A bill signed into law allowing patrons of Oklahoma restaurants and bars to take cocktails to go seems to be having little effect, if any, in Edmond.
Early last May, Gov. Kevin Stitt signed the Oklahoma Cocktails to Go Act of 2021, allowing businesses with mixed beverage or catering licenses to sell cocktails, mixed drinks, or single-serve wine in sealed containers for off-premise consumption.
The law, however, gives no new abilities to businesses holding licenses to manufacture alcoholic liquors or beverages. Further, it prohibits the delivery of cocktails, mixed drinks, or single-serve wine by third parties, requires the drink deliveries to be to and by persons 21 years of age or older, and it has to be transported in the vehicle’s trunk.
Faye Kleist, manager of restaurant and bar The Mule in Edmond, said after the coronavirus pandemic and resultant reduced business, the convenience provided by the law brings potential for new business.
“I think there are a lot of people out there that are not comfortable going out but would still like to have that experience [of drinking a cocktail],” Kleist said.
So far, as the law requires these drinks to be packaged in sealed containers, The Mule has only been selling canned or bottled beer “to-go.” It is this point of “tamper-evident and sealed” packaging that appears to be proving difficult for area bars and restaurants.
“If you are buying a cocktail, you are expecting some level of presentation,” said Operations Partner Brad Mullenix with Community Through Beer Group which owns and operates The Patriarch Craft Beer House & Lawn and 1884 at the Railyard Cocktail Bar—both in Edmond. “A plastic cup and a plastic lid is not a presentation,” Mullenix continued.
He said even if an establishment could prepare a cocktail in compliance with the law, he is finding there is little demand for to-go cocktails.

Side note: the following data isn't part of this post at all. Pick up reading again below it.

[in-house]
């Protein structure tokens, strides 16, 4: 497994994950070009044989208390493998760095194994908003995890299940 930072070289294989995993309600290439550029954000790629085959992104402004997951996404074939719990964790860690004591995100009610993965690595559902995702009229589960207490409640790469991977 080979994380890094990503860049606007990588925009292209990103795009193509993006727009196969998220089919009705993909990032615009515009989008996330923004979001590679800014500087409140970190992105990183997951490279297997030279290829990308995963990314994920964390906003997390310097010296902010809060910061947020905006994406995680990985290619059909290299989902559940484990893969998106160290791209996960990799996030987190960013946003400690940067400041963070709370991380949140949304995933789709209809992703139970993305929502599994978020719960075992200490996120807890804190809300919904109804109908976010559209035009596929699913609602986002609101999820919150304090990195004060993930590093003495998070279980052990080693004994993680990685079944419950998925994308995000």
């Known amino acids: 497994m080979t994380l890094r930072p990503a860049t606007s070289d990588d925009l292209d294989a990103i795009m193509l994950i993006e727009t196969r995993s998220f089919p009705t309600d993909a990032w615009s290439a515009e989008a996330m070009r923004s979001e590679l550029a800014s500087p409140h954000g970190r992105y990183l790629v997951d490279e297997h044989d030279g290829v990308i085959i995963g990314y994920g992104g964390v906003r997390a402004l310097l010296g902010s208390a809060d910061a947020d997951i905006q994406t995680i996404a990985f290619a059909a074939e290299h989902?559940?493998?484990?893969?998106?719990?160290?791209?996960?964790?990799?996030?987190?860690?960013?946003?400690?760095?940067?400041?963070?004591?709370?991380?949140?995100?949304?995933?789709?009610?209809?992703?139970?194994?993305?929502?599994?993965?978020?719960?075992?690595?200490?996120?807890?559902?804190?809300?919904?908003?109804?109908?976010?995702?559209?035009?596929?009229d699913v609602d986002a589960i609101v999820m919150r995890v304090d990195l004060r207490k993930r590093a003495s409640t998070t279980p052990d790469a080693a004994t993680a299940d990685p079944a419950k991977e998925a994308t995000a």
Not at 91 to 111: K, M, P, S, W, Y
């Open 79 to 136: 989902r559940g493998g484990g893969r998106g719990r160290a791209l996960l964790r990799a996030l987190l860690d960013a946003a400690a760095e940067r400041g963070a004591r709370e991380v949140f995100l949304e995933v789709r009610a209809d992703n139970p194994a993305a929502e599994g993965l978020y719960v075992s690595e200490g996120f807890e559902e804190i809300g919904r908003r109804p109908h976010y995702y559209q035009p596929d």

“No one comes in for (just the cocktail). They come in for the atmosphere,” Mullenix said, adding that if people want to enjoy a cocktail at home, most find out how to get one by going online. Otherwise, they go out to have a drink while experiencing a nice atmosphere.
He used 1884 as an example. Early on during the pandemic, 1884 offered to-go charcuterie and wine pairings as something to help patrons experience something different and nice. The wine, though, was in its original packaging, he shared.
Mullenix said while he recognizes the good behind the new law, in practice, it was not very practical. “They were trying to do things to make [to-go cocktails] legal and help us. I see the heart behind it, but it really didn’t help.”
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About Thomas Berger
Thomas Berger is the owner of Ciskus Creative, an Edmond-based creative agency focused on creating marketing content for small and medium-sized businesses.
Prior to starting his own company, he worked as the communications/marketing specialist for an Oklahoma City-based office technology company. Former to coming to the Oklahoma City area, he had worked as a career journalist for more than a decade — initially reporting for several newspapers in western North Carolina and northeastern Oklahoma and later as a multimedia journalist for KJRH Channel 2 in Tulsa.
Thomas has lived in Edmond with his wife Alison since 2013. He has a passion for traveling, photography, learning languages, landscaping and coffee roasting. He holds a Bachelor of Arts in English from Western Carolina University.